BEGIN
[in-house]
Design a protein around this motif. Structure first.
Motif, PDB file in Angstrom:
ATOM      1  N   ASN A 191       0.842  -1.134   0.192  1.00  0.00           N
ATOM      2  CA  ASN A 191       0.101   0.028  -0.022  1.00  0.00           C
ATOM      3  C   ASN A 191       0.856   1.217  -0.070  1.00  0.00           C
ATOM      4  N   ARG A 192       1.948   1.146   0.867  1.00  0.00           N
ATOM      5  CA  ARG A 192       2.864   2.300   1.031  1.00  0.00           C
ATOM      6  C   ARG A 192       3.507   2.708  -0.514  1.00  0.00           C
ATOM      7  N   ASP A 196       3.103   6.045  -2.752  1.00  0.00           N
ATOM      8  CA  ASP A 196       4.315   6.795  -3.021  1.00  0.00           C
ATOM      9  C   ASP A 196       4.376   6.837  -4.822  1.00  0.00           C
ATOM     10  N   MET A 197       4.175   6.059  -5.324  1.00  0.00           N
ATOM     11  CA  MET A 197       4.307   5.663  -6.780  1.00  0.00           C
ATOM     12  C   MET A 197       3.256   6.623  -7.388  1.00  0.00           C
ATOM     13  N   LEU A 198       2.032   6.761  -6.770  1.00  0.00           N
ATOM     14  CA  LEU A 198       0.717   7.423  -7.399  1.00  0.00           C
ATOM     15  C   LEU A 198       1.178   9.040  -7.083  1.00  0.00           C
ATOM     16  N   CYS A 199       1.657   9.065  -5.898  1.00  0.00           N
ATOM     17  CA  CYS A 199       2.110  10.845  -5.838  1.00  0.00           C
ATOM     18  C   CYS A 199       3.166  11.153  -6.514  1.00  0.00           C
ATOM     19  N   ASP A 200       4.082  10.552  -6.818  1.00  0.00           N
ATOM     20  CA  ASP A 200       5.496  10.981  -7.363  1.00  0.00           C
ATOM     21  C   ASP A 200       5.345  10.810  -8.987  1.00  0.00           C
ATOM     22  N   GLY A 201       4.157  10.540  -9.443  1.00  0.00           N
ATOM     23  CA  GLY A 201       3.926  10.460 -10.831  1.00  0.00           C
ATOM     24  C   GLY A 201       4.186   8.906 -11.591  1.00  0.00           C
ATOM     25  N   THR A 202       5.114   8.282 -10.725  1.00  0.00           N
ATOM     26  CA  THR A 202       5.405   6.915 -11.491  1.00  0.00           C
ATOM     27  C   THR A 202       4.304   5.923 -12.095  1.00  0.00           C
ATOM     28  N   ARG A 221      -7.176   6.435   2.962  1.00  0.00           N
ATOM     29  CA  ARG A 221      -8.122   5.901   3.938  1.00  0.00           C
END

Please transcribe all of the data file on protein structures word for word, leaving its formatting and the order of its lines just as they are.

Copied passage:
[in-house]
Design a protein around this motif. Structure first.
Motif, PDB file in Angstrom:
ATOM      1  N   ASN A 191       0.842  -1.134   0.192  1.00  0.00           N
ATOM      2  CA  ASN A 191       0.101   0.028  -0.022  1.00  0.00           C
ATOM      3  C   ASN A 191       0.856   1.217  -0.070  1.00  0.00           C
ATOM      4  N   ARG A 192       1.948   1.146   0.867  1.00  0.00           N
ATOM      5  CA  ARG A 192       2.864   2.300   1.031  1.00  0.00           C
ATOM      6  C   ARG A 192       3.507   2.708  -0.514  1.00  0.00           C
ATOM      7  N   ASP A 196       3.103   6.045  -2.752  1.00  0.00           N
ATOM      8  CA  ASP A 196       4.315   6.795  -3.021  1.00  0.00           C
ATOM      9  C   ASP A 196       4.376   6.837  -4.822  1.00  0.00           C
ATOM     10  N   MET A 197       4.175   6.059  -5.324  1.00  0.00           N
ATOM     11  CA  MET A 197       4.307   5.663  -6.780  1.00  0.00           C
ATOM     12  C   MET A 197       3.256   6.623  -7.388  1.00  0.00           C
ATOM     13  N   LEU A 198       2.032   6.761  -6.770  1.00  0.00           N
ATOM     14  CA  LEU A 198       0.717   7.423  -7.399  1.00  0.00           C
ATOM     15  C   LEU A 198       1.178   9.040  -7.083  1.00  0.00           C
ATOM     16  N   CYS A 199       1.657   9.065  -5.898  1.00  0.00           N
ATOM     17  CA  CYS A 199       2.110  10.845  -5.838  1.00  0.00           C
ATOM     18  C   CYS A 199       3.166  11.153  -6.514  1.00  0.00           C
ATOM     19  N   ASP A 200       4.082  10.552  -6.818  1.00  0.00           N
ATOM     20  CA  ASP A 200       5.496  10.981  -7.363  1.00  0.00           C
ATOM     21  C   ASP A 200       5.345  10.810  -8.987  1.00  0.00           C
ATOM     22  N   GLY A 201       4.157  10.540  -9.443  1.00  0.00           N
ATOM     23  CA  GLY A 201       3.926  10.460 -10.831  1.00  0.00           C
ATOM     24  C   GLY A 201       4.186   8.906 -11.591  1.00  0.00           C
ATOM     25  N   THR A 202       5.114   8.282 -10.725  1.00  0.00           N
ATOM     26  CA  THR A 202       5.405   6.915 -11.491  1.00  0.00           C
ATOM     27  C   THR A 202       4.304   5.923 -12.095  1.00  0.00           C
ATOM     28  N   ARG A 221      -7.176   6.435   2.962  1.00  0.00           N
ATOM     29  CA  ARG A 221      -8.122   5.901   3.938  1.00  0.00           C